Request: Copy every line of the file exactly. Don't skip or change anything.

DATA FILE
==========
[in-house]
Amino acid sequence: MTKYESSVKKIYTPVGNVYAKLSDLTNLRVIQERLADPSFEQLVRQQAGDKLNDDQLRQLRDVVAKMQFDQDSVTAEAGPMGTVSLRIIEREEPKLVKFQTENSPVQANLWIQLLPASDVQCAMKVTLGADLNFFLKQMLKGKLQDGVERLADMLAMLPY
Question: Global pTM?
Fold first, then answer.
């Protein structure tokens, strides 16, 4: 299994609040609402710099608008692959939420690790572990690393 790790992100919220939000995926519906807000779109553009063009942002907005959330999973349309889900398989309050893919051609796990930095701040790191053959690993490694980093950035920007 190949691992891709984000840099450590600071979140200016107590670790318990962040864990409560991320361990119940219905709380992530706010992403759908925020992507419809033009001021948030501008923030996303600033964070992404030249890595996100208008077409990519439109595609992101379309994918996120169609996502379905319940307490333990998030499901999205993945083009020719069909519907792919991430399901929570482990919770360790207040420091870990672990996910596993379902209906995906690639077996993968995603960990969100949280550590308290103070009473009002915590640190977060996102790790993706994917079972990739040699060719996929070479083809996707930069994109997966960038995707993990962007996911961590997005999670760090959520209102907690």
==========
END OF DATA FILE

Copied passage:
[in-house]
Amino acid sequence: MTKYESSVKKIYTPVGNVYAKLSDLTNLRVIQERLADPSFEQLVRQQAGDKLNDDQLRQLRDVVAKMQFDQDSVTAEAGPMGTVSLRIIEREEPKLVKFQTENSPVQANLWIQLLPASDVQCAMKVTLGADLNFFLKQMLKGKLQDGVERLADMLAMLPY
Question: Global pTM?
Fold first, then answer.
């Protein structure tokens, strides 16, 4: 299994609040609402710099608008692959939420690790572990690393 790790992100919220939000995926519906807000779109553009063009942002907005959330999973349309889900398989309050893919051609796990930095701040790191053959690993490694980093950035920007 190949691992891709984000840099450590600071979140200016107590670790318990962040864990409560991320361990119940219905709380992530706010992403759908925020992507419809033009001021948030501008923030996303600033964070992404030249890595996100208008077409990519439109595609992101379309994918996120169609996502379905319940307490333990998030499901999205993945083009020719069909519907792919991430399901929570482990919770360790207040420091870990672990996910596993379902209906995906690639077996993968995603960990969100949280550590308290103070009473009002915590640190977060996102790790993706994917079972990739040699060719996929070479083809996707930069994109997966960038995707993990962007996911961590997005999670760090959520209102907690």